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Progressive Homeschool
Welcome! We practice science-intensive evidence-based education.

The stunning beauty of Cell Biology - man's advance at the hand of Art

Thursday, October 27, 2005
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These amazing images are to-scale watercolor illustrations of a bacterium and blood cells. These are small sections of a larger piece made by Dr. David Goodsell. Notes on this work say

Macrophages circulate through the blood, searching for bacterial infection. When bacteria are found, macrophages engulf and digest them. This series of three paintings shows a macrophage engulfing a bacterium. Only a portion of the two cells, where a pseudopod of the macrophage is extending over the bacterium, is shown. The original paintings are 1 meter tall--at this magnification, the macrophage would fill most of a building.


David S. Goodsell is someone I admire deeply for his ability to illustrate Cell Biology (my favorite part of the life sciences, cant help the bias).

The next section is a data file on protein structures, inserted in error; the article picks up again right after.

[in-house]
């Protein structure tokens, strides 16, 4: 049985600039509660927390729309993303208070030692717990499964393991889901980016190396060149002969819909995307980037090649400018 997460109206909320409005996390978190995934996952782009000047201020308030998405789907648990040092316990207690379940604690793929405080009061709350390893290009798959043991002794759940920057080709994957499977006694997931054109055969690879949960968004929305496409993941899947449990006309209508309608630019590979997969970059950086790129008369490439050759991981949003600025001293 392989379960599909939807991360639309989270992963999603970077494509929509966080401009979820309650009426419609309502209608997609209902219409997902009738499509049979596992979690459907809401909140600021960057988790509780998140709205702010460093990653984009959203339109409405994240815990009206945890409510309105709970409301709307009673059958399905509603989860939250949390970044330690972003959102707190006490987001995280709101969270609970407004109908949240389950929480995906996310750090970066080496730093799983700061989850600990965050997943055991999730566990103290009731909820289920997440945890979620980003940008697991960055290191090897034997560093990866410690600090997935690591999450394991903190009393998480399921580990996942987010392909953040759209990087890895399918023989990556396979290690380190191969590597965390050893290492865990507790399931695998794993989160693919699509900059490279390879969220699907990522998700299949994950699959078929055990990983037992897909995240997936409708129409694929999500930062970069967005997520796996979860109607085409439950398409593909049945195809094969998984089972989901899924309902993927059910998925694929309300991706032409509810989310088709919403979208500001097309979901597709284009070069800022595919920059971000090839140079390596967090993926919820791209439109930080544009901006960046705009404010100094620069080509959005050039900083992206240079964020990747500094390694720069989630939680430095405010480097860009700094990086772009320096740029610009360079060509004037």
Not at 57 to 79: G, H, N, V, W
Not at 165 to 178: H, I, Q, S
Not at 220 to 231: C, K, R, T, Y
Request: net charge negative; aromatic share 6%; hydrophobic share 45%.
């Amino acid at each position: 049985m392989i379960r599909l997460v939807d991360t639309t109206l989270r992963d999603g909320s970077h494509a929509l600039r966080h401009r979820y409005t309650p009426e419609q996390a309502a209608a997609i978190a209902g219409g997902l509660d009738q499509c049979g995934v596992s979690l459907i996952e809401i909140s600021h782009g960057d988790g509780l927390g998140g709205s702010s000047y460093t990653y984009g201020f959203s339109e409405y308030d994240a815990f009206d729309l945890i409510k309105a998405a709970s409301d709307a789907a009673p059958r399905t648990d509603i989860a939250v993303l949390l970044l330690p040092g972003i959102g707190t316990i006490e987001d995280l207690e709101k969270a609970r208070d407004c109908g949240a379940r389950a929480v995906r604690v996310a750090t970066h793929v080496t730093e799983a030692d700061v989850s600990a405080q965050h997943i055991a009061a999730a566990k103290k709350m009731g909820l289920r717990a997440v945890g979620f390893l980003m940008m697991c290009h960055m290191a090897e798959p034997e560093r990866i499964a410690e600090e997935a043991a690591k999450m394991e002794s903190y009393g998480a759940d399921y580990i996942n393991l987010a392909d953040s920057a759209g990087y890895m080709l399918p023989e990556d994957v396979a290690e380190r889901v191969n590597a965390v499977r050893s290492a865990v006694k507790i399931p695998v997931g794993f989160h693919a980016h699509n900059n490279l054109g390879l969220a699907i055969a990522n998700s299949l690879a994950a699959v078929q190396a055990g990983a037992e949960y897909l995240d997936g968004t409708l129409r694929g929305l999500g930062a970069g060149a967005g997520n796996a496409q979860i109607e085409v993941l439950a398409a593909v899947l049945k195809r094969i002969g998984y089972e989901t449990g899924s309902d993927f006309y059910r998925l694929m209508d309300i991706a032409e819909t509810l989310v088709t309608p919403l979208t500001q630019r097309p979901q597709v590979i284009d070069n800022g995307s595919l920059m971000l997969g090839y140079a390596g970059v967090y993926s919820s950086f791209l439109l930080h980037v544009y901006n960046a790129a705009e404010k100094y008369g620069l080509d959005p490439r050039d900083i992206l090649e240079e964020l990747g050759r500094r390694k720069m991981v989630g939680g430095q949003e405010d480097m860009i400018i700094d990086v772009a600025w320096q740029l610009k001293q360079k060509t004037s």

He is an associate professor in the Department of Molecular Biology at the Scripps Research Institute in La Jolla, California. He is the author of Bionanotechnology: Lessons from Nature (J. Wiley and Sons, 2004), Our Molecular Nature: The Body's Motors, Machines, and Messages (Springer-Verlag, 1996), and The Machinery of Life (Springer-Verlag, 1993). His recent biomolecular artwork can be viewed here. Address: Department of Molecular Biology, The Scripps Research Institute, La Jolla, CA 92037. Internet: goodsell@scripps.edu (I got this blurb from here)

Read about his scientific interests here.

Read about his artistic work here.